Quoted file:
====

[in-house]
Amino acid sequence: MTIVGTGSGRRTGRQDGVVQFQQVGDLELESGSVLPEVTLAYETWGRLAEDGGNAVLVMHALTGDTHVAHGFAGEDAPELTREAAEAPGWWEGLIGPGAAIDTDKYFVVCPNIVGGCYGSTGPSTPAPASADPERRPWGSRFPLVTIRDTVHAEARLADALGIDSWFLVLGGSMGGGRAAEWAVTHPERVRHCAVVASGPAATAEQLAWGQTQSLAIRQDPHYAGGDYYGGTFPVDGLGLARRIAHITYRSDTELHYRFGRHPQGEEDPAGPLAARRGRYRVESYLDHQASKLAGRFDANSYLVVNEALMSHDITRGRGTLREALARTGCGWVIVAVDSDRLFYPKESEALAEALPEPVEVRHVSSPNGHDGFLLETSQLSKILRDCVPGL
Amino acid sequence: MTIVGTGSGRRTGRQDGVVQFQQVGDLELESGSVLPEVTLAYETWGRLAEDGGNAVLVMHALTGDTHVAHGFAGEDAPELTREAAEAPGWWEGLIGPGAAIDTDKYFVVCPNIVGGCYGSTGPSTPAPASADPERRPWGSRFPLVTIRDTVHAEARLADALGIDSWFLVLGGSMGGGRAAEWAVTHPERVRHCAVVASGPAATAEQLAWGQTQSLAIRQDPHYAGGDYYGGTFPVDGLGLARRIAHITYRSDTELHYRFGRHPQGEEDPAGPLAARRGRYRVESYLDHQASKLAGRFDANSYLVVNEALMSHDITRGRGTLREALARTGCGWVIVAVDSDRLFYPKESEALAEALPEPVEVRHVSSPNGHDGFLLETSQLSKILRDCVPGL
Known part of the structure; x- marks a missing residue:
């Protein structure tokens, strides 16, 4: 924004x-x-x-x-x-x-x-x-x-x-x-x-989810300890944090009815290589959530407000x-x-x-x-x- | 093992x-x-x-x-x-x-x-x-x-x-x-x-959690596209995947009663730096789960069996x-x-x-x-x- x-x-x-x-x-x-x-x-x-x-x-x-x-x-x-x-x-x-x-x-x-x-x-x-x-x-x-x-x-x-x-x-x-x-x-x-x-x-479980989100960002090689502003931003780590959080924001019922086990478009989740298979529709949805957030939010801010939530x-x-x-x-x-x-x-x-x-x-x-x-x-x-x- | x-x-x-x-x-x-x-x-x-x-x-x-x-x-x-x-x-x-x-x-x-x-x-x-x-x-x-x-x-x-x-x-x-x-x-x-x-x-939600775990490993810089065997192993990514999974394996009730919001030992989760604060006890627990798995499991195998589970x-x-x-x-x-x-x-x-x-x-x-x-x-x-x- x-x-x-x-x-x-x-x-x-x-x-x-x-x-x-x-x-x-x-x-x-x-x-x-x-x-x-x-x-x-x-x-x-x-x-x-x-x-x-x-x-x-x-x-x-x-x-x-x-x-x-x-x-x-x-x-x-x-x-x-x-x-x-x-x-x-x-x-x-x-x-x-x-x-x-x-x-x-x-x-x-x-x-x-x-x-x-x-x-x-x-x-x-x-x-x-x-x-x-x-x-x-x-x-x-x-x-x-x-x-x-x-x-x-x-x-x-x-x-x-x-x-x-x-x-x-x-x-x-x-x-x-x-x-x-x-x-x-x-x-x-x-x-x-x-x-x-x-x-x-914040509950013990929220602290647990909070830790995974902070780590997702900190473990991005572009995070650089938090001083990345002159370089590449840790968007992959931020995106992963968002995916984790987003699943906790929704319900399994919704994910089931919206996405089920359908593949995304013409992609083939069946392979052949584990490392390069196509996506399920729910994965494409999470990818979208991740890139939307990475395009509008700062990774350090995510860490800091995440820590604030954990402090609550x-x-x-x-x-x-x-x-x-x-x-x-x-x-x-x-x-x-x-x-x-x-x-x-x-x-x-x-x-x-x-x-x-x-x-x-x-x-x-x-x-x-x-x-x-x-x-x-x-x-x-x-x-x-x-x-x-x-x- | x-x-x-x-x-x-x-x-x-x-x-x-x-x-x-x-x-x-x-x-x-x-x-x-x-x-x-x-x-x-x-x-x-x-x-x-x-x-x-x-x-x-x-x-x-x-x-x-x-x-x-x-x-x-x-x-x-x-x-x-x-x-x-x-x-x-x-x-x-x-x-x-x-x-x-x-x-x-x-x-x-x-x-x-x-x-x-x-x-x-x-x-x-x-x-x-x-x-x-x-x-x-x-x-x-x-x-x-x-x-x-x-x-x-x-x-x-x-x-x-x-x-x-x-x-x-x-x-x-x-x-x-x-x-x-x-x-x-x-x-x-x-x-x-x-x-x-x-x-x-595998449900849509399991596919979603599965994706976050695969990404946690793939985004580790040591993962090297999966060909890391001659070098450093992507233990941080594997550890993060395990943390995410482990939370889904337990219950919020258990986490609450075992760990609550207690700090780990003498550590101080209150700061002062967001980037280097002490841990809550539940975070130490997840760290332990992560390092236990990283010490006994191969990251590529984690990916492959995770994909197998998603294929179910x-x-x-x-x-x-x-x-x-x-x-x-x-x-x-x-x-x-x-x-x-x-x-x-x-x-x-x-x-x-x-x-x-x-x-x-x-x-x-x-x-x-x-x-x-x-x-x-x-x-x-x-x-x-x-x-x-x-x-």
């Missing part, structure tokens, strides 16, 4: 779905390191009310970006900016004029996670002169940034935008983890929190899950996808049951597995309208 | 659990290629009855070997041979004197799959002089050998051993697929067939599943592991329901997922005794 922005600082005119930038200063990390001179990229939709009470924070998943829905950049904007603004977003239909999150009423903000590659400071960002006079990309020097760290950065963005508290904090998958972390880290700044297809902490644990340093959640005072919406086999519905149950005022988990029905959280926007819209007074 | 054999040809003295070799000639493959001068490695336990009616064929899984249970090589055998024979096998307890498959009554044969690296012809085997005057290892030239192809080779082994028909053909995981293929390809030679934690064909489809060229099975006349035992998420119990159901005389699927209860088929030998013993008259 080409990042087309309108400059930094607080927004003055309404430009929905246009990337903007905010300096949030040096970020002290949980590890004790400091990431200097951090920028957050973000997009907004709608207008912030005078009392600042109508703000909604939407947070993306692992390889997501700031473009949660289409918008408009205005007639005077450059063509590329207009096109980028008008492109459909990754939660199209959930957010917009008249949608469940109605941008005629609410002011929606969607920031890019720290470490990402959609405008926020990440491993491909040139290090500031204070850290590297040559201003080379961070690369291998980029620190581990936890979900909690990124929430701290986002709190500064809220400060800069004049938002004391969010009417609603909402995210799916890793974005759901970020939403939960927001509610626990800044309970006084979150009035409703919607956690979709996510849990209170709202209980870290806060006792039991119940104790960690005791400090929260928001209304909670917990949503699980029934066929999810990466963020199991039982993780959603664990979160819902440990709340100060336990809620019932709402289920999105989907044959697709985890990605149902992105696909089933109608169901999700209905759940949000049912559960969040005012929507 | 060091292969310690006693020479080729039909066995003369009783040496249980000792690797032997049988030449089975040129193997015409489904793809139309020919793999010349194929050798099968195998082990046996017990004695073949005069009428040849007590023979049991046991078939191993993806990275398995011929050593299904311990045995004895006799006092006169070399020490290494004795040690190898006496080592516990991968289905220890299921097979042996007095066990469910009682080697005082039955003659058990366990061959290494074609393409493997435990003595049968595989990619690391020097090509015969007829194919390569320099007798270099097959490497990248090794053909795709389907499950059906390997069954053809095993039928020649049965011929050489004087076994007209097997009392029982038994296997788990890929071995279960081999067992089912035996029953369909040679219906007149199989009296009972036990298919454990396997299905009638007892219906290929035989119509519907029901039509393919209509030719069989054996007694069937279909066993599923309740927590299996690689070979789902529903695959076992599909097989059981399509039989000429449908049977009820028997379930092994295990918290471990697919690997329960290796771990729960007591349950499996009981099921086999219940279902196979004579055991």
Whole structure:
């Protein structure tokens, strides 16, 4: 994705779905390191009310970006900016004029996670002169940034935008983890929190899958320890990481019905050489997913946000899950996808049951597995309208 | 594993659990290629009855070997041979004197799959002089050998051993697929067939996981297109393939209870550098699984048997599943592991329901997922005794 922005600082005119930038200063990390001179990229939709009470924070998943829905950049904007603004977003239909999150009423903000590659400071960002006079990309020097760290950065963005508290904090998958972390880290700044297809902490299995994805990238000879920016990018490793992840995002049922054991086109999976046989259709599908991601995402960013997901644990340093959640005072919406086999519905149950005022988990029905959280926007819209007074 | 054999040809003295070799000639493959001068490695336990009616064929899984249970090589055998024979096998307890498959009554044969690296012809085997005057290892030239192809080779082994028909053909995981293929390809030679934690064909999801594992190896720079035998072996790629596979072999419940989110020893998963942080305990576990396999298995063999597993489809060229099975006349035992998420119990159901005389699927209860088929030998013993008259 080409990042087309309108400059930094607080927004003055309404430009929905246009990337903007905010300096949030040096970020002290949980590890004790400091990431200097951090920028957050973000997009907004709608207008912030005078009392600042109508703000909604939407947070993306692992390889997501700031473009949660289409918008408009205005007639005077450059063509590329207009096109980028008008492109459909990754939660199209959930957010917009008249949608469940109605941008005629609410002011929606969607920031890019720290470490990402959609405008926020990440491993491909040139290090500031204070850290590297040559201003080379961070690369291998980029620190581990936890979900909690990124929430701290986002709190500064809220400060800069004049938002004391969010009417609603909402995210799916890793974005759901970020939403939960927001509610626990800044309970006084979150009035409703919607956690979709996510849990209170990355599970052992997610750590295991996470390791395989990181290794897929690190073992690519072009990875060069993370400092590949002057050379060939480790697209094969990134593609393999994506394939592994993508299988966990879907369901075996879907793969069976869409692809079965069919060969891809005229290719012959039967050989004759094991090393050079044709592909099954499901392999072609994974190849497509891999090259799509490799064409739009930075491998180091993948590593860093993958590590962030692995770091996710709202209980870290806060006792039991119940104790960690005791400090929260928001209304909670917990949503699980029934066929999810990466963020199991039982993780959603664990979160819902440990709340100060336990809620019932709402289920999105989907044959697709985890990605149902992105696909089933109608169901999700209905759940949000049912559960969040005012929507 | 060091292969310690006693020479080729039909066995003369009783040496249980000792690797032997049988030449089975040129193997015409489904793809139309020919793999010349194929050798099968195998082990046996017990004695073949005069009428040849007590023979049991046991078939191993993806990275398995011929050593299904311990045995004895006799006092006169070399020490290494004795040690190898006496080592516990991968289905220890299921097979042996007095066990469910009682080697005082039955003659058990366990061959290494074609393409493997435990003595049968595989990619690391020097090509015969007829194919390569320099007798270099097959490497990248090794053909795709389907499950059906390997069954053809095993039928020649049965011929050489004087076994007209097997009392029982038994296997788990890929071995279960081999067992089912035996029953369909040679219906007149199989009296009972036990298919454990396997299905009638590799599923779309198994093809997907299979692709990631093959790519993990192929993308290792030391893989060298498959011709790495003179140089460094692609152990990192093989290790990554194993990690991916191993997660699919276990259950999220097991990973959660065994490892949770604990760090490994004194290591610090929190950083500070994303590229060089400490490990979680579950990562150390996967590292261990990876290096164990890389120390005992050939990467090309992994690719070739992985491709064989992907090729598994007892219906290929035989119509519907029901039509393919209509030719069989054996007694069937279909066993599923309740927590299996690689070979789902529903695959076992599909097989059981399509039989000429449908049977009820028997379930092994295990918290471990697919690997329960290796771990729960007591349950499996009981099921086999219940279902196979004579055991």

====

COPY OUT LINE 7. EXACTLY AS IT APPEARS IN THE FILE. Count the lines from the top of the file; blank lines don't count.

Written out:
Whole structure: